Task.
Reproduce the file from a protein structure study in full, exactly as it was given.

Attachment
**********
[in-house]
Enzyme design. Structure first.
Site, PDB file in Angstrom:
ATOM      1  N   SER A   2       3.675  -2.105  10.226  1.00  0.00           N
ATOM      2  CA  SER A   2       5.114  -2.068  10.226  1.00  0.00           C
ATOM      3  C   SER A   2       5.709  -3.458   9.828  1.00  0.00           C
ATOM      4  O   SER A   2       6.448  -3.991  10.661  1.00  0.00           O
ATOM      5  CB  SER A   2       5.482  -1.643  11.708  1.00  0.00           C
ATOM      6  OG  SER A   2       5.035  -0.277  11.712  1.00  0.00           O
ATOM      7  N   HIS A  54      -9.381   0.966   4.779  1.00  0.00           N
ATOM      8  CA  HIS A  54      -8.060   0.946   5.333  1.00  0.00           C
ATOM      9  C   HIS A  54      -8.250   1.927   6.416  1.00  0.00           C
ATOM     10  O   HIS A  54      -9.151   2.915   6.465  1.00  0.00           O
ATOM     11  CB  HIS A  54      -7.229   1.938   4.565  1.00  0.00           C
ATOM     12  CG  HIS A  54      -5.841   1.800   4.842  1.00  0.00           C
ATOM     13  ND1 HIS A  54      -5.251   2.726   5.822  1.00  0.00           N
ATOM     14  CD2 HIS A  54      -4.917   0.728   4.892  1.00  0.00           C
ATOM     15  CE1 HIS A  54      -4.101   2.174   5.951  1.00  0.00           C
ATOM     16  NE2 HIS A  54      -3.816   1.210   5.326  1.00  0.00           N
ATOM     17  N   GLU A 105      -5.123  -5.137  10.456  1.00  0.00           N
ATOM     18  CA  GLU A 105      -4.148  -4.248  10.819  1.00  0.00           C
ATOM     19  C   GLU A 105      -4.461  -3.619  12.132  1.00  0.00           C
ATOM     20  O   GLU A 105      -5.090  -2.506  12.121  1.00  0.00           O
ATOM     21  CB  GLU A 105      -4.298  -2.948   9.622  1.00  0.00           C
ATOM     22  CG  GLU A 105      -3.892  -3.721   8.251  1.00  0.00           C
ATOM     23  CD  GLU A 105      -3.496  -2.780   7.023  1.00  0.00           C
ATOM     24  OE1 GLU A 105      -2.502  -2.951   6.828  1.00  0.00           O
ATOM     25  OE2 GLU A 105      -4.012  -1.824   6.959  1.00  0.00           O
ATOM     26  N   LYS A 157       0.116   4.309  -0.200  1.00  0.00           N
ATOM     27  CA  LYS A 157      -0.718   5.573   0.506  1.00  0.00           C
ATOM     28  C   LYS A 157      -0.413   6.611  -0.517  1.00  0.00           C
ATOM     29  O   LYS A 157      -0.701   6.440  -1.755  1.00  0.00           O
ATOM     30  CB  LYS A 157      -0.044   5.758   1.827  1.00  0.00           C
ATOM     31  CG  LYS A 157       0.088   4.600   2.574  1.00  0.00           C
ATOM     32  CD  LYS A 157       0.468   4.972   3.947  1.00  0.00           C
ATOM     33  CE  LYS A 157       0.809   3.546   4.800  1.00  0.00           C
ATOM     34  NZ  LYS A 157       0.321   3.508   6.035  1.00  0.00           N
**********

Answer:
[in-house]
Enzyme design. Structure first.
Site, PDB file in Angstrom:
ATOM      1  N   SER A   2       3.675  -2.105  10.226  1.00  0.00           N
ATOM      2  CA  SER A   2       5.114  -2.068  10.226  1.00  0.00           C
ATOM      3  C   SER A   2       5.709  -3.458   9.828  1.00  0.00           C
ATOM      4  O   SER A   2       6.448  -3.991  10.661  1.00  0.00           O
ATOM      5  CB  SER A   2       5.482  -1.643  11.708  1.00  0.00           C
ATOM      6  OG  SER A   2       5.035  -0.277  11.712  1.00  0.00           O
ATOM      7  N   HIS A  54      -9.381   0.966   4.779  1.00  0.00           N
ATOM      8  CA  HIS A  54      -8.060   0.946   5.333  1.00  0.00           C
ATOM      9  C   HIS A  54      -8.250   1.927   6.416  1.00  0.00           C
ATOM     10  O   HIS A  54      -9.151   2.915   6.465  1.00  0.00           O
ATOM     11  CB  HIS A  54      -7.229   1.938   4.565  1.00  0.00           C
ATOM     12  CG  HIS A  54      -5.841   1.800   4.842  1.00  0.00           C
ATOM     13  ND1 HIS A  54      -5.251   2.726   5.822  1.00  0.00           N
ATOM     14  CD2 HIS A  54      -4.917   0.728   4.892  1.00  0.00           C
ATOM     15  CE1 HIS A  54      -4.101   2.174   5.951  1.00  0.00           C
ATOM     16  NE2 HIS A  54      -3.816   1.210   5.326  1.00  0.00           N
ATOM     17  N   GLU A 105      -5.123  -5.137  10.456  1.00  0.00           N
ATOM     18  CA  GLU A 105      -4.148  -4.248  10.819  1.00  0.00           C
ATOM     19  C   GLU A 105      -4.461  -3.619  12.132  1.00  0.00           C
ATOM     20  O   GLU A 105      -5.090  -2.506  12.121  1.00  0.00           O
ATOM     21  CB  GLU A 105      -4.298  -2.948   9.622  1.00  0.00           C
ATOM     22  CG  GLU A 105      -3.892  -3.721   8.251  1.00  0.00           C
ATOM     23  CD  GLU A 105      -3.496  -2.780   7.023  1.00  0.00           C
ATOM     24  OE1 GLU A 105      -2.502  -2.951   6.828  1.00  0.00           O
ATOM     25  OE2 GLU A 105      -4.012  -1.824   6.959  1.00  0.00           O
ATOM     26  N   LYS A 157       0.116   4.309  -0.200  1.00  0.00           N
ATOM     27  CA  LYS A 157      -0.718   5.573   0.506  1.00  0.00           C
ATOM     28  C   LYS A 157      -0.413   6.611  -0.517  1.00  0.00           C
ATOM     29  O   LYS A 157      -0.701   6.440  -1.755  1.00  0.00           O
ATOM     30  CB  LYS A 157      -0.044   5.758   1.827  1.00  0.00           C
ATOM     31  CG  LYS A 157       0.088   4.600   2.574  1.00  0.00           C
ATOM     32  CD  LYS A 157       0.468   4.972   3.947  1.00  0.00           C
ATOM     33  CE  LYS A 157       0.809   3.546   4.800  1.00  0.00           C
ATOM     34  NZ  LYS A 157       0.321   3.508   6.035  1.00  0.00           N